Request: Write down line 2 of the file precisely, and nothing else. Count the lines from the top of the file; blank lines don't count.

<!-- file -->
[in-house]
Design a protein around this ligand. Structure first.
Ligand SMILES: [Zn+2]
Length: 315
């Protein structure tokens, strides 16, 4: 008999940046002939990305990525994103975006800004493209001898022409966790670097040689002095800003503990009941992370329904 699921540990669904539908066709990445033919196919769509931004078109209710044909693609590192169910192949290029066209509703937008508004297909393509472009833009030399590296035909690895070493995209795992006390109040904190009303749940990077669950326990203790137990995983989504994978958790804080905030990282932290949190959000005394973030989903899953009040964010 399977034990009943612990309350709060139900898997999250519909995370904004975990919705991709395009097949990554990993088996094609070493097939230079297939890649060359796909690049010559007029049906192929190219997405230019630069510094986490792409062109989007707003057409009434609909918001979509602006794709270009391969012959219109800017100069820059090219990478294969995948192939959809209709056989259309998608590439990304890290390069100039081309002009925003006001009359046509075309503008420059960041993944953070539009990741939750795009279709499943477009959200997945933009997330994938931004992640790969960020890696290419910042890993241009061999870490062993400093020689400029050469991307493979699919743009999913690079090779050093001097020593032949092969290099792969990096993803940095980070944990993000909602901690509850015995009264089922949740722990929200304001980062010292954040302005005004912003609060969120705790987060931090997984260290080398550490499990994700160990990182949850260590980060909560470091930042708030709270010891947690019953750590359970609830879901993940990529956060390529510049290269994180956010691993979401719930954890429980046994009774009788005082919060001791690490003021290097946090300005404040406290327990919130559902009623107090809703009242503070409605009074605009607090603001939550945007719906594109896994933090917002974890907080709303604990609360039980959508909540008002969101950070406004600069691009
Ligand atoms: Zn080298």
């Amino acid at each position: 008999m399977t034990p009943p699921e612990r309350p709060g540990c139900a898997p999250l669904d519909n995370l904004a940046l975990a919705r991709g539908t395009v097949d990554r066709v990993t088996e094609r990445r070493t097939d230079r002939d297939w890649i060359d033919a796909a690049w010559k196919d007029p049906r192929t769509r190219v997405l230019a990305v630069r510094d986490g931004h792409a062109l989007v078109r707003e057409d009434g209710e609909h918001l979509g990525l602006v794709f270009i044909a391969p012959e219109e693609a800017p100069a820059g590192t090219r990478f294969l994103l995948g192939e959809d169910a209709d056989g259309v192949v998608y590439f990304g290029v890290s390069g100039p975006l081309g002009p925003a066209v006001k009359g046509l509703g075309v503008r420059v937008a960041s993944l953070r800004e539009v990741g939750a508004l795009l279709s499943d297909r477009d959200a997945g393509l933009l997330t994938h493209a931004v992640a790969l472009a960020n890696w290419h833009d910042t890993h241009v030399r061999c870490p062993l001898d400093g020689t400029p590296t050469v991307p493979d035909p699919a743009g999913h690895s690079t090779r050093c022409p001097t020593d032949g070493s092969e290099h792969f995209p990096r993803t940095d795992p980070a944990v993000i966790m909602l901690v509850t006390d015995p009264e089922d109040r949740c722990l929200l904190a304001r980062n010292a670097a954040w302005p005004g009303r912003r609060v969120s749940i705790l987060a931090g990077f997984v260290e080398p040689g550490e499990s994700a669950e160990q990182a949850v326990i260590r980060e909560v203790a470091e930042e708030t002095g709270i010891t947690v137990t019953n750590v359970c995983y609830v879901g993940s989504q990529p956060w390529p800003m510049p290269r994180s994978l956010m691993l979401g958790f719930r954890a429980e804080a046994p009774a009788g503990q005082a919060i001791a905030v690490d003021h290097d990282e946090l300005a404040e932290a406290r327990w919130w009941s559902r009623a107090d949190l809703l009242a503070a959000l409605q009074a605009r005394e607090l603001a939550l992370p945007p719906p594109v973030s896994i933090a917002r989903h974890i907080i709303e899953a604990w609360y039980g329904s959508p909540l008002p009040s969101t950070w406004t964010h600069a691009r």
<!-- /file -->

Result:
Design a protein around this ligand. Structure first.